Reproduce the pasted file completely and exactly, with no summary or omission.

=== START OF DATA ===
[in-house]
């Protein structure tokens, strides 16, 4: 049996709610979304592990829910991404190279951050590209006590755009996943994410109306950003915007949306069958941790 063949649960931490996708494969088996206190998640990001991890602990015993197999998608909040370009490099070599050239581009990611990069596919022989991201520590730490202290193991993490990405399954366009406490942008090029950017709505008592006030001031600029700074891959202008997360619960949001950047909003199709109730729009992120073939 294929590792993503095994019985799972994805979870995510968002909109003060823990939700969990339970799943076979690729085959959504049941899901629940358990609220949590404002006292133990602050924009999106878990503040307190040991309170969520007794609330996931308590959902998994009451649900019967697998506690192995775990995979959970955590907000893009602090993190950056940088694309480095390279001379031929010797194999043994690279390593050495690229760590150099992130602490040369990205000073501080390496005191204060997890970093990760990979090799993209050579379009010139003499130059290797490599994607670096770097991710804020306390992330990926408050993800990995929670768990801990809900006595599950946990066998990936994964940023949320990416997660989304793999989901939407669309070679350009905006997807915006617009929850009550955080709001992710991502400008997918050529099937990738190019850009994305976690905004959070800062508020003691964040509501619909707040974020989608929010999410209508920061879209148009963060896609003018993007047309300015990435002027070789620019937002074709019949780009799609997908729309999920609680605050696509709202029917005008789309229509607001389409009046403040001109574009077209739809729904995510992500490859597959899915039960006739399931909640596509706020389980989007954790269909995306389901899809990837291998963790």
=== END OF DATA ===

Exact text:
[in-house]
């Protein structure tokens, strides 16, 4: 049996709610979304592990829910991404190279951050590209006590755009996943994410109306950003915007949306069958941790 063949649960931490996708494969088996206190998640990001991890602990015993197999998608909040370009490099070599050239581009990611990069596919022989991201520590730490202290193991993490990405399954366009406490942008090029950017709505008592006030001031600029700074891959202008997360619960949001950047909003199709109730729009992120073939 294929590792993503095994019985799972994805979870995510968002909109003060823990939700969990339970799943076979690729085959959504049941899901629940358990609220949590404002006292133990602050924009999106878990503040307190040991309170969520007794609330996931308590959902998994009451649900019967697998506690192995775990995979959970955590907000893009602090993190950056940088694309480095390279001379031929010797194999043994690279390593050495690229760590150099992130602490040369990205000073501080390496005191204060997890970093990760990979090799993209050579379009010139003499130059290797490599994607670096770097991710804020306390992330990926408050993800990995929670768990801990809900006595599950946990066998990936994964940023949320990416997660989304793999989901939407669309070679350009905006997807915006617009929850009550955080709001992710991502400008997918050529099937990738190019850009994305976690905004959070800062508020003691964040509501619909707040974020989608929010999410209508920061879209148009963060896609003018993007047309300015990435002027070789620019937002074709019949780009799609997908729309999920609680605050696509709202029917005008789309229509607001389409009046403040001109574009077209739809729904995510992500490859597959899915039960006739399931909640596509706020389980989007954790269909995306389901899809990837291998963790």